Brandi Twilley is understandably haunted by her childhood, which included her home burning to the ground in 1999, when she was sixteen. A year ago, she had an exhibition of ten paintings of her living room, all recreated from Polaroid photos, Internet searches, and memory, which I reviewed here.
In her second exhibition, Brandi Twilley: Where The Fire Started, at Sargent’s Daughters (July 12 – August 18, 2017), the artist returns to the subject of her ravaged house, this time her bedroom, and to library books on Picasso and Titian that she had borrowed just before the fire. One thing is clear: Twilley, who was in high school at the time, had decided to become an artist before the fire.
I don’t think it is surprising that I thought of Gaston Bachelard while I had Twilley’s work in my head. “Childhood,” he wrote, “lasts all through life. It returns to animate broad sections of adult life […].” And yet, even as Bachelard’s writings came to mind, I was struck by how at odds Twilley’s childhood circumstances seem with Bachelard’s musings. In his best-known book, The Poetics of Space, he wrote:
If I were asked to name the chief benefit of the house, I should say: the house shelters daydreaming, the house protects the dreamer, the house allows one to dream in peace.
The house that Twilley grew up in was well on its way to the abyss by the time the fire started. And yet, it was clearly where she started dreaming of becoming an artist. And more than that, it was where she made art and studied it by borrowing books from her local library. Her bedroom was a hermetic bubble: plywood sheets covered both of the windows, one completely and the other nearly so, with only the tops of trees visible above the plywood edge. The ceiling leaked when it rained, and many of its cheap tiles had long ago fallen. Twilley slept in the bottom of a bunk bed, partially protected from the rain by the top bunk, and covered herself with a blue tarp in order to stay dry. Buckets were used to collect the rain.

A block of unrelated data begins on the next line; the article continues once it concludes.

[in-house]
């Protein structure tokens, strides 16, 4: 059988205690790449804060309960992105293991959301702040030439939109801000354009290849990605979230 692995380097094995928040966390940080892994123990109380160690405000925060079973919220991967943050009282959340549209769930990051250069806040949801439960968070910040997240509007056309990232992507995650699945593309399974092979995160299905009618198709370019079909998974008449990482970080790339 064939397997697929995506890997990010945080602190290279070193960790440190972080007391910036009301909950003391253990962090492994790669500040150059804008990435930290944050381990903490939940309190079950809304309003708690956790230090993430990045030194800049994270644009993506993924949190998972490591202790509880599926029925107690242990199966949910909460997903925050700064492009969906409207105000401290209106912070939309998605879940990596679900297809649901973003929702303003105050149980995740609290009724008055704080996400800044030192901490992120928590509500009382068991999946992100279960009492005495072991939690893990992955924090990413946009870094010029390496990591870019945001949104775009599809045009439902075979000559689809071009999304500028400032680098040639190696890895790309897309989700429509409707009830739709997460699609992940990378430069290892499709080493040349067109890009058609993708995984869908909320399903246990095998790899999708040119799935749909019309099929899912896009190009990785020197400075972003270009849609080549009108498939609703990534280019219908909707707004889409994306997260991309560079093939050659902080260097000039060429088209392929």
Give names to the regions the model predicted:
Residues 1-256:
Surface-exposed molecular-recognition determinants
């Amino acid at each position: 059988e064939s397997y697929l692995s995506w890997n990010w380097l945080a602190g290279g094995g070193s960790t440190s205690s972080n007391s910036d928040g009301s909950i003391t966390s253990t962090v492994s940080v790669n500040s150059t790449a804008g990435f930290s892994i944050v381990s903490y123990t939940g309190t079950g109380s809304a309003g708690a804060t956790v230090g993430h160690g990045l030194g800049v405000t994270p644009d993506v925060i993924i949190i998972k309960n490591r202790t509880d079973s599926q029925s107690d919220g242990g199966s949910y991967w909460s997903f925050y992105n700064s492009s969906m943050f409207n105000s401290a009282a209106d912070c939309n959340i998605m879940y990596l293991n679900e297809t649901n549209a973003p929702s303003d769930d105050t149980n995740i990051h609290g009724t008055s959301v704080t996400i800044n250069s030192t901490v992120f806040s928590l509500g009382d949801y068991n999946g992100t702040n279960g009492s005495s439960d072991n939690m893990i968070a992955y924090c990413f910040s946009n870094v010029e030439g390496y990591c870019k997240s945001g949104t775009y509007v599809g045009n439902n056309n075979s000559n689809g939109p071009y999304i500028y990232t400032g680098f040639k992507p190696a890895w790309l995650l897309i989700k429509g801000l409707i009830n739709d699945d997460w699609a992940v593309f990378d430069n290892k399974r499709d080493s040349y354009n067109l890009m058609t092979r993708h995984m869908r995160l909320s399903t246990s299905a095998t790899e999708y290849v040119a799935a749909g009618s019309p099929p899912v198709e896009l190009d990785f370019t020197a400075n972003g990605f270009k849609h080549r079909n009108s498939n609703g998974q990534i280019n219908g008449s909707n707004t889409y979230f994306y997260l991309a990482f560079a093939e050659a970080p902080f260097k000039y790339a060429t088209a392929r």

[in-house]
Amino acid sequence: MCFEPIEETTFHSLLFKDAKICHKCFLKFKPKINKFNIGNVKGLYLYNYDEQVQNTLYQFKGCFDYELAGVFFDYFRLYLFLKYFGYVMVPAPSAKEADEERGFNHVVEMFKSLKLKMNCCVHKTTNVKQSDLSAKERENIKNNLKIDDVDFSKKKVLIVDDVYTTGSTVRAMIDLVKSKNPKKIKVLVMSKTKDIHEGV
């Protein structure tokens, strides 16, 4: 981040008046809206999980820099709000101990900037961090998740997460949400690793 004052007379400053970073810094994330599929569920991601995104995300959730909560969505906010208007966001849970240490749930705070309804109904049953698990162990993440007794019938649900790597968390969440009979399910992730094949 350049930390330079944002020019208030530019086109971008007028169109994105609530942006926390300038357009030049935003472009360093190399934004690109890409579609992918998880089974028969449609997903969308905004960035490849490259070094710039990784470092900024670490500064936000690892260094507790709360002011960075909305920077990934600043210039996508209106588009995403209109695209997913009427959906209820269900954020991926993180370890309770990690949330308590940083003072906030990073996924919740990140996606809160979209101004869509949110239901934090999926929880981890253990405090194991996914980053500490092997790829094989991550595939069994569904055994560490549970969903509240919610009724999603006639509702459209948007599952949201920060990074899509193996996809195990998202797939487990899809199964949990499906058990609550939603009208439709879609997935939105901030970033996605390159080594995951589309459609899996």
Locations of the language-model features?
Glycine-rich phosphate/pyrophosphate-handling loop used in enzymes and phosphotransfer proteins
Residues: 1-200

There is nothing self-dramatizing in these paintings. In the pictures of her bedroom, Twilley is attentive to the warping of the cheap, prefab wallboard; the electric blue of the plastic tarp; the wood grain of the plywood; the ceiling in decay; the stuff of hers littering the floor. Everything gets her attention. Her approach is straightforward and she does not succumb to the temptation of elaboration.
In “Rainy Night” (2017), the artist carefully invokes surfaces, tonalities, and detritus, such as tin cans and coffee cubs. The electric blue tarp glows in the crepuscular light. Raindrops are visible as they fall unimpeded into the room. While the room did not allow Twilley to dream in peace, she dreamed anyway, as evidenced by the two art books lying on the floor, one of which has a painting from Picasso’s Blue Period on the cover. Twilley uses the bedroom as an occasion to test her painting chops: can she be true to the drab and artificial colors, to surface textures, to stains, tin, and plastic, and to the gloomy light?